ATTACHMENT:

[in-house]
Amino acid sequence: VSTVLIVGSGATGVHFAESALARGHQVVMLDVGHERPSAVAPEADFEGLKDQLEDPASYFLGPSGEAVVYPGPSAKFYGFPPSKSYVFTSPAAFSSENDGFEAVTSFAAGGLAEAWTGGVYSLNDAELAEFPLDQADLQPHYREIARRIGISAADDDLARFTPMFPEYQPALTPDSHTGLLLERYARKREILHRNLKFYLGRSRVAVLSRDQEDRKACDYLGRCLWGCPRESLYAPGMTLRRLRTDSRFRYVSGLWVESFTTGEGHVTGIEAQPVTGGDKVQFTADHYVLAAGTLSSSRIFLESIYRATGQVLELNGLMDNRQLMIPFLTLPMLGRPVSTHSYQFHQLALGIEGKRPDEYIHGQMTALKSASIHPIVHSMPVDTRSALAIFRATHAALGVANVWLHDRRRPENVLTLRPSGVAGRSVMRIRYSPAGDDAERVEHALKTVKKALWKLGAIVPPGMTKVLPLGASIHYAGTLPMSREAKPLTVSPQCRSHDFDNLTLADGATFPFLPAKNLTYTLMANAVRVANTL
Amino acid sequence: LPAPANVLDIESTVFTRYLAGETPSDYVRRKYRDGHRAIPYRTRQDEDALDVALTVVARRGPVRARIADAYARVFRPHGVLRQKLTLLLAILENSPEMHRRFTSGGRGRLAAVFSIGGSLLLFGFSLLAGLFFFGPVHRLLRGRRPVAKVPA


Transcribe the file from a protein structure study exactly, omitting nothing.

[in-house]
Amino acid sequence: VSTVLIVGSGATGVHFAESALARGHQVVMLDVGHERPSAVAPEADFEGLKDQLEDPASYFLGPSGEAVVYPGPSAKFYGFPPSKSYVFTSPAAFSSENDGFEAVTSFAAGGLAEAWTGGVYSLNDAELAEFPLDQADLQPHYREIARRIGISAADDDLARFTPMFPEYQPALTPDSHTGLLLERYARKREILHRNLKFYLGRSRVAVLSRDQEDRKACDYLGRCLWGCPRESLYAPGMTLRRLRTDSRFRYVSGLWVESFTTGEGHVTGIEAQPVTGGDKVQFTADHYVLAAGTLSSSRIFLESIYRATGQVLELNGLMDNRQLMIPFLTLPMLGRPVSTHSYQFHQLALGIEGKRPDEYIHGQMTALKSASIHPIVHSMPVDTRSALAIFRATHAALGVANVWLHDRRRPENVLTLRPSGVAGRSVMRIRYSPAGDDAERVEHALKTVKKALWKLGAIVPPGMTKVLPLGASIHYAGTLPMSREAKPLTVSPQCRSHDFDNLTLADGATFPFLPAKNLTYTLMANAVRVANTL
Amino acid sequence: LPAPANVLDIESTVFTRYLAGETPSDYVRRKYRDGHRAIPYRTRQDEDALDVALTVVARRGPVRARIADAYARVFRPHGVLRQKLTLLLAILENSPEMHRRFTSGGRGRLAAVFSIGGSLLLFGFSLLAGLFFFGPVHRLLRGRRPVAKVPA